New publication of the RILSA

Vavrečková, Jana – Dobiášová, Karolína
Inclusion of the Russian community into mainstream society
Praha: RILSA, 2015. 80 pp. - ISBN 978-80-7416-230-5

The monograph deals with the Russian community in the Czech Republic. It represents one of the outcomes of research projects focused on monitoring the integration process of non EU foreigners in the CR (projects supported by the Ministry of Interior). The Russian community has a number of specifics. The aim of the study is to identify these differences, examine the evolution of integration indicators in the past five years and to find out opinions, attitudes and life experience of Russians in the CR. From the methodological point of view the study is based on two approaches. The first one presents an analysis of quantitative data - integration indicators with a focus on Russian community (situation in the 2014 and development since 2009), the second one is based on qualitative semi-structured interviews with Russian immigrants in the Czech Republic.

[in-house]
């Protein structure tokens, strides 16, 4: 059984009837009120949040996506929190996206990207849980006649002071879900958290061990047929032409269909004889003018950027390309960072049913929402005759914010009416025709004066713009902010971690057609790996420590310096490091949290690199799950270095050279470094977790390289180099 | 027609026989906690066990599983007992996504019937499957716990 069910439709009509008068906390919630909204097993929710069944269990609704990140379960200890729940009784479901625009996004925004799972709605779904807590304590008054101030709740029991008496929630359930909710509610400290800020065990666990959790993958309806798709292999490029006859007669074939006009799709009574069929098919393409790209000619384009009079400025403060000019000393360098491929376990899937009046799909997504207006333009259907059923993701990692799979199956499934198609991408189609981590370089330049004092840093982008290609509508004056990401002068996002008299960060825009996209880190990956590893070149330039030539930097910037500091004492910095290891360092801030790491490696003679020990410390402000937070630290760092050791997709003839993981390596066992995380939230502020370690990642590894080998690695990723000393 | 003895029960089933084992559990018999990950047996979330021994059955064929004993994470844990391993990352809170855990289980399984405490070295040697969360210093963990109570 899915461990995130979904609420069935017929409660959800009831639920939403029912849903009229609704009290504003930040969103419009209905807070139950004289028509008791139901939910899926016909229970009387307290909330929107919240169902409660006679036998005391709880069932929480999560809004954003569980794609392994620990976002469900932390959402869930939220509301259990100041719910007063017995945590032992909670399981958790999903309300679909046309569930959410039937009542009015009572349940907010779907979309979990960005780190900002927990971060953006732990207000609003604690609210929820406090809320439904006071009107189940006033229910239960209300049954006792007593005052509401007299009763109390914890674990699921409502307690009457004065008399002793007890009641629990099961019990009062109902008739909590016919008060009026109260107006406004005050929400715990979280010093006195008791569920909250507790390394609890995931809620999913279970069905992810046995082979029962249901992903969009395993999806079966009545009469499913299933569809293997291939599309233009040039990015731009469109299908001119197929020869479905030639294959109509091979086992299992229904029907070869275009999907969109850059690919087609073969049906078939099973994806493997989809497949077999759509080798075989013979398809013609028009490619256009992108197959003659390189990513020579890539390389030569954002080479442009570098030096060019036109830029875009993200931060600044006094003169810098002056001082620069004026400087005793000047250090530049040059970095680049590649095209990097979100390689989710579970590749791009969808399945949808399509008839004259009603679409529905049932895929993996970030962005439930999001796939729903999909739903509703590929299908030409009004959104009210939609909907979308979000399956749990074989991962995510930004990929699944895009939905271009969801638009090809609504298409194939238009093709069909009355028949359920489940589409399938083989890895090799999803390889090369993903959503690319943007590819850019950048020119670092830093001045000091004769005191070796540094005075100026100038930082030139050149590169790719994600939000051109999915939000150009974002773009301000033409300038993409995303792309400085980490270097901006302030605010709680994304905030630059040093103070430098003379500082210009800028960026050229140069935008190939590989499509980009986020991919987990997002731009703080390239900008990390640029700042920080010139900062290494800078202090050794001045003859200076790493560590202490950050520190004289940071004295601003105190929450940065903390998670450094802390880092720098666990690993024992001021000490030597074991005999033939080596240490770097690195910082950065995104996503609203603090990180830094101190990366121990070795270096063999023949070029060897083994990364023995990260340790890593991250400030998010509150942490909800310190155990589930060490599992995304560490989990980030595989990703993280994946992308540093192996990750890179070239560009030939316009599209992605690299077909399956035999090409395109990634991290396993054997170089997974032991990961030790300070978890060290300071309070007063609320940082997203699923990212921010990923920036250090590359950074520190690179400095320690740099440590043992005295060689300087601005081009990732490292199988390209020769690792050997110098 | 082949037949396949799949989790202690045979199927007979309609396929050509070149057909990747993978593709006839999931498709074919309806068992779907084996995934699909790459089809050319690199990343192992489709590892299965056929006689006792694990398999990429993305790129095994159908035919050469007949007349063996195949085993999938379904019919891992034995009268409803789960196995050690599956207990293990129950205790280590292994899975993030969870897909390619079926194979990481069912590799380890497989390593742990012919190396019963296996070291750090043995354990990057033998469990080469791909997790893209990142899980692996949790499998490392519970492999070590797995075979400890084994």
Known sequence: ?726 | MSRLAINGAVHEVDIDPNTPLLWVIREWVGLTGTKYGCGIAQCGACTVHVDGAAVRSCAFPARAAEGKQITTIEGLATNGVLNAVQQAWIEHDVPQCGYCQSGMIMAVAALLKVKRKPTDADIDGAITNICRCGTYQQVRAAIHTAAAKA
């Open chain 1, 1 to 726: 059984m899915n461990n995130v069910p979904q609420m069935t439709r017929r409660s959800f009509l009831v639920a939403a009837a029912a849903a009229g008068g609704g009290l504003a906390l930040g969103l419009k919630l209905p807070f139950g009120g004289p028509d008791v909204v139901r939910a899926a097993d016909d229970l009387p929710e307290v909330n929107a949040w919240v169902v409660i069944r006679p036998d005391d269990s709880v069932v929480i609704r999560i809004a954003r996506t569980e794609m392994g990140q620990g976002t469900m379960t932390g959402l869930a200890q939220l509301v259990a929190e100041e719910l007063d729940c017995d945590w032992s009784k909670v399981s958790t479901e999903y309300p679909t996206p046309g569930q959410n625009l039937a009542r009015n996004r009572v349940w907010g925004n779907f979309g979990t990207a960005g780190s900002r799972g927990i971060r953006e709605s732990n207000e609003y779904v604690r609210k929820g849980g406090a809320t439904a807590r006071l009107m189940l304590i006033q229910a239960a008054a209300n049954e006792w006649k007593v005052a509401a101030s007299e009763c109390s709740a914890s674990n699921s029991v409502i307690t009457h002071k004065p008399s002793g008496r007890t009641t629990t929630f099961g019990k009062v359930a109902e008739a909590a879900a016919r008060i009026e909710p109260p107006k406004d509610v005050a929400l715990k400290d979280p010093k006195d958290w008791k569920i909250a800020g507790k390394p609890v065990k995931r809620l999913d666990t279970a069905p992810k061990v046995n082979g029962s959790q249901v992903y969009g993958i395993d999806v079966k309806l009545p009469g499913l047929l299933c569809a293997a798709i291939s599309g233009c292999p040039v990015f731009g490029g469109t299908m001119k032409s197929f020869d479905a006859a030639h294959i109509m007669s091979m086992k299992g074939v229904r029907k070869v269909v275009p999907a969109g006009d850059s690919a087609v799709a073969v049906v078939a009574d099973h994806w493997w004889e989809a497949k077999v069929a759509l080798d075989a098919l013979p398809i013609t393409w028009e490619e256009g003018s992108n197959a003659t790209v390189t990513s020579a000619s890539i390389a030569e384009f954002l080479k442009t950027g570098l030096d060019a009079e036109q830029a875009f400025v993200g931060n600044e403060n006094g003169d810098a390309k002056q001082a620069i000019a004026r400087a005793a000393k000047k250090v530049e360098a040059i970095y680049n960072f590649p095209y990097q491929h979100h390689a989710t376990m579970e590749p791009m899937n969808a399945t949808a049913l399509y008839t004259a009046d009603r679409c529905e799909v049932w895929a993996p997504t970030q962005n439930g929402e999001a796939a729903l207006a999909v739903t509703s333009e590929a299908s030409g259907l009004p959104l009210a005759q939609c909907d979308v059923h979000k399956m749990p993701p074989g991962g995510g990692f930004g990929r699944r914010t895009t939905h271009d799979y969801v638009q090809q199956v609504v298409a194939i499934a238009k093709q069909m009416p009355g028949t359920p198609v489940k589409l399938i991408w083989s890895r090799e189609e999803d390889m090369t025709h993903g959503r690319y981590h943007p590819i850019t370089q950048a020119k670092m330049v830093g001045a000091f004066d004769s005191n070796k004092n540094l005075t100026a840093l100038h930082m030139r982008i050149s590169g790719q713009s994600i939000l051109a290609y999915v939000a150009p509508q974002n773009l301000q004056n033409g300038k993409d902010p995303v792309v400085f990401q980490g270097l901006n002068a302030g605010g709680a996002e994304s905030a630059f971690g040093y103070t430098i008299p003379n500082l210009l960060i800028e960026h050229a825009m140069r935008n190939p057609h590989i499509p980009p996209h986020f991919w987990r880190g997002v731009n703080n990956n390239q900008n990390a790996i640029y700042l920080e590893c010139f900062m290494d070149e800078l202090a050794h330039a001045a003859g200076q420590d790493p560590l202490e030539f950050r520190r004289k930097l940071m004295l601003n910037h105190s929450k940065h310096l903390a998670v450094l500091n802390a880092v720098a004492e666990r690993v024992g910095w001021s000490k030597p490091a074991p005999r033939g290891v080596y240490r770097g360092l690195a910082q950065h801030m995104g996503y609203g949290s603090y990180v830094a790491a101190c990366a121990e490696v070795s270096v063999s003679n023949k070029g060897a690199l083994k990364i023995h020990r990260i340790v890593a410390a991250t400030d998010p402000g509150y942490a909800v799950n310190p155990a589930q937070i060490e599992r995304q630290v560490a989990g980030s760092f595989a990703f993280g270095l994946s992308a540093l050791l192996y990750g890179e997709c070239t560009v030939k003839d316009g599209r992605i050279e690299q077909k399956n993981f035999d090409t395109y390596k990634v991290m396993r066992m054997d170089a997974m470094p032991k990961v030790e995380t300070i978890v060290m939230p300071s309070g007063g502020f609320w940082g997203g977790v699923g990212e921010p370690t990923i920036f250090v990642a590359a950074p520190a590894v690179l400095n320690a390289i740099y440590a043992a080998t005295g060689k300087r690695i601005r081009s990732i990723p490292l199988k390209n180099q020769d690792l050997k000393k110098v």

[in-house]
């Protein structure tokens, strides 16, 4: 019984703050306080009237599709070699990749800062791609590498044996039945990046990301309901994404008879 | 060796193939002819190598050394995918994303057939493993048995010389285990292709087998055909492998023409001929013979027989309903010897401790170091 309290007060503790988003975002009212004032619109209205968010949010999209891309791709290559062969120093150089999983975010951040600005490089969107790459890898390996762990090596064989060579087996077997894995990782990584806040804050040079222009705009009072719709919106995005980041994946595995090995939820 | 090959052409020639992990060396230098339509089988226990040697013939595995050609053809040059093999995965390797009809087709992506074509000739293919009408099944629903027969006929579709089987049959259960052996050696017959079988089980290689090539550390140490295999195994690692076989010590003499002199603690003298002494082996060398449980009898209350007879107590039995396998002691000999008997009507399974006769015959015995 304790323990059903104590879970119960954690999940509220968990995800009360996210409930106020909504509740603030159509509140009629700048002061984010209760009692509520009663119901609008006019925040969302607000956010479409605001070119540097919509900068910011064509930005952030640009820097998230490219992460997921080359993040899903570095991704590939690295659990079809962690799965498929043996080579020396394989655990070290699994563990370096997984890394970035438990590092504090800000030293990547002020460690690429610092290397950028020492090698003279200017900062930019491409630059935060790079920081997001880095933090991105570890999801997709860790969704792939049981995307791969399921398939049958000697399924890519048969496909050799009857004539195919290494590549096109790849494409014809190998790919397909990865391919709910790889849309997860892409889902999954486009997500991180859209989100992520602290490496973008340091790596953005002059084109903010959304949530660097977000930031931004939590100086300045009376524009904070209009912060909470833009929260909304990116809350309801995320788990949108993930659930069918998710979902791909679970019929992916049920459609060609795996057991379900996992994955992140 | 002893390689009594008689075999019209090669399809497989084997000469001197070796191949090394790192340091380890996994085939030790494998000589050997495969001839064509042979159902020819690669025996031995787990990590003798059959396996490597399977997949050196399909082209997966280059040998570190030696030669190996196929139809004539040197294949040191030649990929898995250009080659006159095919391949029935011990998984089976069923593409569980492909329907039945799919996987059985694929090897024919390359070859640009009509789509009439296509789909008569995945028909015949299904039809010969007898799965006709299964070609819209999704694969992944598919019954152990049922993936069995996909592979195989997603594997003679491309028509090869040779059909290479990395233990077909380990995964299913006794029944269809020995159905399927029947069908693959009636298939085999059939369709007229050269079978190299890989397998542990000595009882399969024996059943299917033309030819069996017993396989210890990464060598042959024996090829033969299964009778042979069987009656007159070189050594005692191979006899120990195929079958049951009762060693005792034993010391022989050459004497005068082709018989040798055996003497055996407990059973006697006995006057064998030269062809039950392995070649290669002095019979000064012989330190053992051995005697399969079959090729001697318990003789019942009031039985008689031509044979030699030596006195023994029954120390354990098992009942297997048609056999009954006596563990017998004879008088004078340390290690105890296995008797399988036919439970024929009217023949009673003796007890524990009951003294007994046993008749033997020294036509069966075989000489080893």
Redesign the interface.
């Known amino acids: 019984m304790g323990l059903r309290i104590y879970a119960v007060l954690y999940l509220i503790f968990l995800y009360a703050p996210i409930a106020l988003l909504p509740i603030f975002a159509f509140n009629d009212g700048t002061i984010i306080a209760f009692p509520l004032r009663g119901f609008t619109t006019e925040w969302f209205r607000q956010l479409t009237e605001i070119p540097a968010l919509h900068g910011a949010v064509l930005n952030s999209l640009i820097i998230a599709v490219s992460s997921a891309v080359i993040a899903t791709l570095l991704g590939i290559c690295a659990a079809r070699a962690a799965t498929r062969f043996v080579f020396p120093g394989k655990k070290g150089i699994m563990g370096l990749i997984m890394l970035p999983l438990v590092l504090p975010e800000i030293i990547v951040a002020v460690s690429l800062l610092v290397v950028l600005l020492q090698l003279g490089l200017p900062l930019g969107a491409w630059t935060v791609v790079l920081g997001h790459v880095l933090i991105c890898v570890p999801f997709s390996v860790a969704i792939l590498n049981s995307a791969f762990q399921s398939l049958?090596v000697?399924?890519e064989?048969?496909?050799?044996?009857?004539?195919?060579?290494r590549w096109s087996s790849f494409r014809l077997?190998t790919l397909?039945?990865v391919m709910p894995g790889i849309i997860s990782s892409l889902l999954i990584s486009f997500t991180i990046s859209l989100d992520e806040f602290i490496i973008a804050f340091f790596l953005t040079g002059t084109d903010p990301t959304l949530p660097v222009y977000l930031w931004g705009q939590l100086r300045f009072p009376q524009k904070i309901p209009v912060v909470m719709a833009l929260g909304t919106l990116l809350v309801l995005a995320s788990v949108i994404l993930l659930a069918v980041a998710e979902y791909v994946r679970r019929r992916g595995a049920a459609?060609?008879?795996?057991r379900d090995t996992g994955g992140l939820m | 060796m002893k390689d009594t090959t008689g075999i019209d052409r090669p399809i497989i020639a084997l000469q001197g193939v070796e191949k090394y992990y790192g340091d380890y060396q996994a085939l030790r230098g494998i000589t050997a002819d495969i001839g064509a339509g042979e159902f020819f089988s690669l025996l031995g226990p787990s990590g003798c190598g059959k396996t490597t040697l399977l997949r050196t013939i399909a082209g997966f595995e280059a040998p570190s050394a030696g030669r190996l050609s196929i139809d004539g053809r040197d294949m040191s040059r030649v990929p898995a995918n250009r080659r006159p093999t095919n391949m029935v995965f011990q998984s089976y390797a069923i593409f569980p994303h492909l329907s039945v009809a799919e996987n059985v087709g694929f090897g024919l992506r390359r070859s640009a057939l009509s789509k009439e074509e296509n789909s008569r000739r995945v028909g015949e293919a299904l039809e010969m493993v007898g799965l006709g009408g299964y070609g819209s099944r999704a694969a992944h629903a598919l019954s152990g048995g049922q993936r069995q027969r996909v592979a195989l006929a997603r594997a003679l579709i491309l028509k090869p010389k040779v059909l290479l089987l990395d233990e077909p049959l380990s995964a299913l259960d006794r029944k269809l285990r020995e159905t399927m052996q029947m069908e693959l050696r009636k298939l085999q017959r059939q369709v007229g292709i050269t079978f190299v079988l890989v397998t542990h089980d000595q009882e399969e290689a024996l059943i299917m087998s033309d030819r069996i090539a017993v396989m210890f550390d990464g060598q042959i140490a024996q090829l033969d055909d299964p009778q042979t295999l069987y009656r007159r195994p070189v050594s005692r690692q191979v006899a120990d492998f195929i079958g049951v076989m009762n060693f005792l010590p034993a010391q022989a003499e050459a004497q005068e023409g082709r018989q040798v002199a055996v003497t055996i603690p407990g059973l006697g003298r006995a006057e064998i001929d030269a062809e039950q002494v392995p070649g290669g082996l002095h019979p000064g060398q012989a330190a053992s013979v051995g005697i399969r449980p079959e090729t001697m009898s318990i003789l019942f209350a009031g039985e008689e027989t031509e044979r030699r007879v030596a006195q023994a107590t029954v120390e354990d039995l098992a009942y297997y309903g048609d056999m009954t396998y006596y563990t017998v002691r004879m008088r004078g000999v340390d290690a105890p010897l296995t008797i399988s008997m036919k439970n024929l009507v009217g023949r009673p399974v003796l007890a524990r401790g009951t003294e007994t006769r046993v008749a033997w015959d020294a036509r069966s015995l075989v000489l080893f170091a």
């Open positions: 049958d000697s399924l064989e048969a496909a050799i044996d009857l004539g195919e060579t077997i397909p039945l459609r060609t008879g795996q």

Russians represent third largest community of immigrants in the CR. An important reason for residence of Russians in the Czech Republic is family reunification. A characteristic feature of the Russian community is enormous interest for study in the Czech Republic. On the contrary in comparison with other nationalities, an employment is less frequent reason for the residence in the CR. Russian subpopulation is characterized by a high proportion of women. Most Russian immigrants have a relatively high socio-economic status. The interviews highlighted the importance of the existence of the Russian community for the Russian immigrants in the CR. The survey shows that from the perspective of social integration, the greater part of respondents desire to integrate into Czech society. Nevertheless it was identified risk groups in terms of integration: the children of immigrants who attend Russian schools (with no or minimal teaching the Czech language and Czech realia), housewives and pensioners, who live especially in a "Russian environment". Also employees working in the so-called "ethnic economy" may be a vulnerable group. Unbalanced concentration of Russians in the Czech Republic may also contribute to segregation of Russian immigrants.

Fulltext  (only in Czech) 

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